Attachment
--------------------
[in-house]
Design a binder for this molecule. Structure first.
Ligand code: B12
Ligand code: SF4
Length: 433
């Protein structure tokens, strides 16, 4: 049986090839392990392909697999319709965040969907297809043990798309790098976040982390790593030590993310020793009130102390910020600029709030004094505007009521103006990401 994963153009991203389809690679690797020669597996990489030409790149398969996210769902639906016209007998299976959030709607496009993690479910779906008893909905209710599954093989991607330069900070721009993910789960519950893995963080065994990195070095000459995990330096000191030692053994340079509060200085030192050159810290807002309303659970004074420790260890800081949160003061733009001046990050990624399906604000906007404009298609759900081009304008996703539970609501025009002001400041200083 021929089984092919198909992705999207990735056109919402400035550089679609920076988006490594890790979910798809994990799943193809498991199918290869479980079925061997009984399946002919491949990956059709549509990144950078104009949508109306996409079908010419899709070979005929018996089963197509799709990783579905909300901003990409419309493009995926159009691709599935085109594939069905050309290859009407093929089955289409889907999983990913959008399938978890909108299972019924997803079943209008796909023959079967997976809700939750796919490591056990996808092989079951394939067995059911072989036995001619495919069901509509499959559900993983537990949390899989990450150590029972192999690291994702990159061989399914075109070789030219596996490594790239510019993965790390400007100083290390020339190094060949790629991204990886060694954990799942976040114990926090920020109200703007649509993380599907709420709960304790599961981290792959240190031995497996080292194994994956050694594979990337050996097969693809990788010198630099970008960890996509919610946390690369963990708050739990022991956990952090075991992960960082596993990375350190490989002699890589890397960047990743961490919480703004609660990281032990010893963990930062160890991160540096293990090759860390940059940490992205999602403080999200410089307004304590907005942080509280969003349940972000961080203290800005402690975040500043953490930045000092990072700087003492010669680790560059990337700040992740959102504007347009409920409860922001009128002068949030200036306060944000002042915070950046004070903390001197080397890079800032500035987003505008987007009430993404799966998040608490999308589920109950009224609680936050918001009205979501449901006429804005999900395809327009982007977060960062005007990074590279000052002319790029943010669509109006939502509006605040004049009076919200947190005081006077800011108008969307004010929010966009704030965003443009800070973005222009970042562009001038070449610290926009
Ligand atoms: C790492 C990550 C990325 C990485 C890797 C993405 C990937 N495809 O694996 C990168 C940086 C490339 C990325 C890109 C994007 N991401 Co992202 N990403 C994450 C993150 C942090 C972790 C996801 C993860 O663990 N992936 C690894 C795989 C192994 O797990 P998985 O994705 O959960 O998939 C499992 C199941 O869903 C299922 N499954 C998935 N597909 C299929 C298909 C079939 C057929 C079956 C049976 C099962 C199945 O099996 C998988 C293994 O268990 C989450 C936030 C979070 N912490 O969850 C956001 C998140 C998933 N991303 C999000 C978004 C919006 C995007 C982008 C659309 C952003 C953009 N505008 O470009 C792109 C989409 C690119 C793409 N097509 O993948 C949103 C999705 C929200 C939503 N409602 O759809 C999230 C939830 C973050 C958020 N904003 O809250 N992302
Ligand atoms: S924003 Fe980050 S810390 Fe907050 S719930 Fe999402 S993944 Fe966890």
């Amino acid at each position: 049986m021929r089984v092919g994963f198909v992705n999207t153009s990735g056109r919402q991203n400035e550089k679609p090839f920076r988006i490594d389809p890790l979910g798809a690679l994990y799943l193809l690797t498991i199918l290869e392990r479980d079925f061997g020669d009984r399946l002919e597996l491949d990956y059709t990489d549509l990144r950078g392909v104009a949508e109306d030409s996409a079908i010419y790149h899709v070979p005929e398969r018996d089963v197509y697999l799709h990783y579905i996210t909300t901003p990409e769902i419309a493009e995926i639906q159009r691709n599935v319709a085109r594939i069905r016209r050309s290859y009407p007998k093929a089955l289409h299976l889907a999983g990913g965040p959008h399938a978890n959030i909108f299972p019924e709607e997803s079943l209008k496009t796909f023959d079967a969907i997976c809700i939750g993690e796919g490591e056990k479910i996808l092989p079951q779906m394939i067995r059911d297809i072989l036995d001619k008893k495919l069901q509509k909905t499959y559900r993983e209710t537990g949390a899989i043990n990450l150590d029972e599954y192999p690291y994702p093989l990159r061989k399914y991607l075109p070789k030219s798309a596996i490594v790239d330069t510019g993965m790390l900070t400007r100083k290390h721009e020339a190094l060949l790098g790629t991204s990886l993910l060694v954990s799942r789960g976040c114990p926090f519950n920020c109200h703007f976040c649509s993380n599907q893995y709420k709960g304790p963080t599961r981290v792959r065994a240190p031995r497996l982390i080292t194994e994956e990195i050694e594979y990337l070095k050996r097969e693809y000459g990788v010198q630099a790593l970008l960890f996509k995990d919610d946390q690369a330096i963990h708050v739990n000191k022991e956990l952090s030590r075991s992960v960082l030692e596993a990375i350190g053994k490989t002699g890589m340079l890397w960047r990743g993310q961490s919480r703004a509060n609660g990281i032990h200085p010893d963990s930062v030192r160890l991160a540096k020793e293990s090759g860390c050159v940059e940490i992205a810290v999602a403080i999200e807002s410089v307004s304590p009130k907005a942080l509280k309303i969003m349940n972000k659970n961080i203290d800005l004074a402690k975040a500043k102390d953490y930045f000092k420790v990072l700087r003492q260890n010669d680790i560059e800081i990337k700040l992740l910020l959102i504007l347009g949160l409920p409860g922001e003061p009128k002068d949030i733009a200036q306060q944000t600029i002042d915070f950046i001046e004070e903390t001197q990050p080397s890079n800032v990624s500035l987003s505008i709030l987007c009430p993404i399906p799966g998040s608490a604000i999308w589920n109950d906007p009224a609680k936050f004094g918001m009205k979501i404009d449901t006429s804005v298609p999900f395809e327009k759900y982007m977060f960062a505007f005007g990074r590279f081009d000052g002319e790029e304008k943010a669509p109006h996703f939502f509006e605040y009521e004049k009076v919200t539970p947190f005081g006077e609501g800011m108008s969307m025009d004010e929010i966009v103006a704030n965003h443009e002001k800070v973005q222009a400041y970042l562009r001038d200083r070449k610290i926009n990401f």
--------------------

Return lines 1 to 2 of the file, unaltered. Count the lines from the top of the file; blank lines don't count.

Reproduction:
[in-house]
Design a binder for this molecule. Structure first.